"Ma, Ma, where's my Pa?''
K? (Republican campaign jingle mocking Grover Cleveland, 1884)
''Get to know Bill Clinton the way Gennifer Flowers did.''
0 (Come-on for Republican phone hotline, 1992)
McLaughlin Group, -- get a history lesson! When the history of Gov. Bill Clinton's seizure of the Democratic Party is written, no one will care that he pushed the party to the ''center,'' that he and Sen. Al Gore were baby boomers, or that he made a play for suburban independents and Republicans.
That's all true, but what the commentators miss is what it all adds up to. In the Democratic Party this year, politically speaking, the Industrial Revolution died. And it's about time: Economically speaking, the U.S. Industrial Revolution died a long time ago. Long live the Information Age.
Millions complain that political parties have nothing to do with their lives. They're right. That's how Ross Perot got his 15 minutes of celebrity. But commentators act as if disillusionment with parties has never happened in America. They're wrong.
It happened the last time we went through an economic transformation of this magnitude, the Industrial Revolution. Politicians bred on the coalitions established in the party realignment of 1860 had no clue what it meant that agrarian America was giving way to smokestack America. The erosion of parties ended only when to the nation's conflict over industrialism came to a head in 1896, when Republicans won a realigning majority.
The same disillusionment has happened now because neither of today's parties has figured out what a program or a coalition for the post-industrial age should be. Instead, Democrats pine for another 1932, the last time they forged a newly realigned majority, and Republicans just wander.
Forget 1932. Consider what historian James Sundquist said about the election of 1896 in his book ''Dynamics of the Party System:''
''The 1896 election was the first to be fought out along the new line of cleavage that had been developing in American politics since the 1860s, cutting across the line established [in 1860, when Abraham Lincoln won] on the issues of slavery, war and reconstruction.
''For 20 years the two-party system had been based on dead issues of the past. It had offered the voters no means of expressing a choice on the crucial issues of domestic economic policy around which the country had been polarizing -- slowly at first, but beginning in the 1880s at a headlong pace.''
Sound familiar? Today's parties have been just as confused about what the wane of industrialism and rise of a service-based and high-value-added manufacturing-based economy means. That's because the voters are confused too.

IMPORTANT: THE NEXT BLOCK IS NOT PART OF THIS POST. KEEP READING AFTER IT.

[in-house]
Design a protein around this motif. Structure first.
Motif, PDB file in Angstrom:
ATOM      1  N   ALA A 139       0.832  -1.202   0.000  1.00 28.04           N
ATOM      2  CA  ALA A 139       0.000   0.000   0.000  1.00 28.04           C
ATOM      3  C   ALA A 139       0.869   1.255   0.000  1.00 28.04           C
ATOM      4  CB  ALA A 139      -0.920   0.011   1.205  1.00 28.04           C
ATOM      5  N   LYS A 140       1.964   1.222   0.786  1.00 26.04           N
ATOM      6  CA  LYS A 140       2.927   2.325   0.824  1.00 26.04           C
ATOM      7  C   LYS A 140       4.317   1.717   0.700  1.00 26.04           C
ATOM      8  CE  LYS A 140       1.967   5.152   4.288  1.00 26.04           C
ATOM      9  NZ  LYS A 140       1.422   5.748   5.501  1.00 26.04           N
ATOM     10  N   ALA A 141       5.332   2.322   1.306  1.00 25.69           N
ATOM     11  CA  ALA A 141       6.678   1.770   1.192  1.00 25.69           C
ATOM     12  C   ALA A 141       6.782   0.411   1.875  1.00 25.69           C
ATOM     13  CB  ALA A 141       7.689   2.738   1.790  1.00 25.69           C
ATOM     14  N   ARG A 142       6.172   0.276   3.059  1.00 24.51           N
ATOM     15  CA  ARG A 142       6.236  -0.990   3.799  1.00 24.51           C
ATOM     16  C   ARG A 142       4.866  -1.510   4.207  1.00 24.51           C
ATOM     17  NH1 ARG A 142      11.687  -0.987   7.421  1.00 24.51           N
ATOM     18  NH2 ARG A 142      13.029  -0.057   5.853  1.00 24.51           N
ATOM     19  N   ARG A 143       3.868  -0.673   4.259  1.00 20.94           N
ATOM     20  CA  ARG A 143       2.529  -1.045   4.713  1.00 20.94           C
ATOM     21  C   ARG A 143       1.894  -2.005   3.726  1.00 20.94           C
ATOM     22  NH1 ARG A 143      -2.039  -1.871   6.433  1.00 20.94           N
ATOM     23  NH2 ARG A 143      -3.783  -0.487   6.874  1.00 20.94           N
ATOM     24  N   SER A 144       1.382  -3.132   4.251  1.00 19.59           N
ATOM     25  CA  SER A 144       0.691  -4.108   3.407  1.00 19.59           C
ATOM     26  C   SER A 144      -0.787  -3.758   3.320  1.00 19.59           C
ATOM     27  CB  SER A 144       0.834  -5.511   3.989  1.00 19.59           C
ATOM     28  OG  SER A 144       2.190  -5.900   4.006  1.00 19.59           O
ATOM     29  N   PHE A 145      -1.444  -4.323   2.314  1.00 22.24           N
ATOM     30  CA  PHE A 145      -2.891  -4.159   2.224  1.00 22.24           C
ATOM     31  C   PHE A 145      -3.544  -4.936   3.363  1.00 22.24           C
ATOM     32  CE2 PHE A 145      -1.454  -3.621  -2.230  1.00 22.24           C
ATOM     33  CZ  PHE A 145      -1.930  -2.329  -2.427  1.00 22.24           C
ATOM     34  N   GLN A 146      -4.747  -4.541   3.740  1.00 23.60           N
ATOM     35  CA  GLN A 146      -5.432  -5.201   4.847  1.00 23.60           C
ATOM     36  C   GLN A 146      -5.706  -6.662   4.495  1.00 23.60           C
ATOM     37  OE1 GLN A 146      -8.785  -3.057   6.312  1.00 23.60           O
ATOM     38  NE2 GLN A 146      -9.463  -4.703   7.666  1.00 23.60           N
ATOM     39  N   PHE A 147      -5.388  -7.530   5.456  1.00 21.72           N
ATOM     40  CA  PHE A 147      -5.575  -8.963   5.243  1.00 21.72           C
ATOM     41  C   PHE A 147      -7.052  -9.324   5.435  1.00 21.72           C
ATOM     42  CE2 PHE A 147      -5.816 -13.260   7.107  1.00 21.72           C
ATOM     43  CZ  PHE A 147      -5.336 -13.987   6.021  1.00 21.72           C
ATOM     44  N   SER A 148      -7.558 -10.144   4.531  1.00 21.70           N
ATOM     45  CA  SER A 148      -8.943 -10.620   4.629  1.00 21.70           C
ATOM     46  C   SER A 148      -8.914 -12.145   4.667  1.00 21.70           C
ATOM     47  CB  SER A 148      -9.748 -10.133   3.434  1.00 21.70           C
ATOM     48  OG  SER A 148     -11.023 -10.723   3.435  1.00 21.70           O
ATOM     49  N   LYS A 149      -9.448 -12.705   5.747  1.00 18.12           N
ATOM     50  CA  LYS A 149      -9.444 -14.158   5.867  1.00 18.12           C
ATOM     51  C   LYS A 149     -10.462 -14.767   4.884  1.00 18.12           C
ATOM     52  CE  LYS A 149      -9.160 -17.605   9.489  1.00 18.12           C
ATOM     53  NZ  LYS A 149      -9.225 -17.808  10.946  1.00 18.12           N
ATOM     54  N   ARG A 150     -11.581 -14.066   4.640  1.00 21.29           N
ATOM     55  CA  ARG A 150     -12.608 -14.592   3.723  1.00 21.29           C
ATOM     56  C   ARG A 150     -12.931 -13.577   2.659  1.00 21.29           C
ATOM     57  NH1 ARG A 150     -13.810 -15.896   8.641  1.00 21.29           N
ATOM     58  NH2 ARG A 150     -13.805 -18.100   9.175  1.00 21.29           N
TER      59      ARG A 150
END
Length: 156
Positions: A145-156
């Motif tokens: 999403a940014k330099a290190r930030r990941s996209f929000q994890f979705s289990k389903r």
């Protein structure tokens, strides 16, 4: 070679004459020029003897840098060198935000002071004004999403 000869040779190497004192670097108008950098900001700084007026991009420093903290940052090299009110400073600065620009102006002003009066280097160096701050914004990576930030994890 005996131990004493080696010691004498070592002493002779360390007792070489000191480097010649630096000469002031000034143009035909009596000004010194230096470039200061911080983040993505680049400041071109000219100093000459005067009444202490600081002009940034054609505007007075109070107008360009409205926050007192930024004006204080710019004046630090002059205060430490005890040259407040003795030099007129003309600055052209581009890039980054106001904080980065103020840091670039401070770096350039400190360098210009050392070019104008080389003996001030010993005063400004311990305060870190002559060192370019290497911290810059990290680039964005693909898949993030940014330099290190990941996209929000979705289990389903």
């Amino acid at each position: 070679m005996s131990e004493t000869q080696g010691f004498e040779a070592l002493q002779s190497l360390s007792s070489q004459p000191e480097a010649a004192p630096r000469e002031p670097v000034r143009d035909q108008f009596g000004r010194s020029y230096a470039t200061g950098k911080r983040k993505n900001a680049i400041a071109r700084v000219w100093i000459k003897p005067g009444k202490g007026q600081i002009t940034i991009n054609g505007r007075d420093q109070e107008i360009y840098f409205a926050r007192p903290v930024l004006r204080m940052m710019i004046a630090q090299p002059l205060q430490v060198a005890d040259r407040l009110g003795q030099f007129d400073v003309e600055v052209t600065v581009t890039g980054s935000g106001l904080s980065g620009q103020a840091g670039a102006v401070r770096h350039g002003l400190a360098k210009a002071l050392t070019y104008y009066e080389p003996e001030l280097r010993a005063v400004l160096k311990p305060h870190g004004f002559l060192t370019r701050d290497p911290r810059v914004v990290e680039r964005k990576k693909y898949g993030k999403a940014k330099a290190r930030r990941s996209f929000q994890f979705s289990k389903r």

The kind of dirty-pool politics that has dominated presidential elections for 20 years happens when parties can't fathom the still-emerging divisions of the time. While we're figuring it out, we blather. That's why the nation knew about Grover Cleveland's love child, why Michael Dukakis thought competence was the only ideology that counted, and why 1992 Republicans want to talk about Gennifer Flowers.
Much has been written about how, as baby boomers, Bill Clinton and Al Gore have been shaped by different experiences than elders like George Bush. We've heard about Vietnam and Watergate, feminism and the arms race.
All are important, but none matters nearly as much as the change in the most fundamental experience that shapes everyday lives -- how we make a living. Messrs. Clinton and Gore came of age in a different economy than did President Bush or Democrats like Mario Cuomo. It made them different people.
The last realignment of U.S. political parties, in 1932, was about how to divide the spoils of industrialism. The next realignment will be about how -- even whether -- America will face up to being a largely post-industrial nation, and how we go about making an information economy work for us.
That realignment just happened -- before your very eyes -- within the Democratic party. Liberals like the Rev. Jesse Jackson, Gov. Mario Cuomo and Sen. Tom Harkin lost for the same reason Democrats have lost the White House for years.
They're out of touch not -- as Republicans charge -- because they rely on government as an agent of change, but because of how they want to use government power, and for whose benefit. They want government to help labor unions, prop up old-line manufacturers who use union labor and preserve high-wage manufacturing jobs in America that can be done by low-wage labor elsewhere. Plus, they want to subsidize those whom industrialism leaves behind.
The beneficiaries of these policies no longer add up to a winning coalition. Most Americans haven't worked on the factory floor for decades. Even General Motors employs more white collars than blue. This year, for the first time, the majority of the electorate lives in the suburbs, home of nearly all the information companies building the new economy.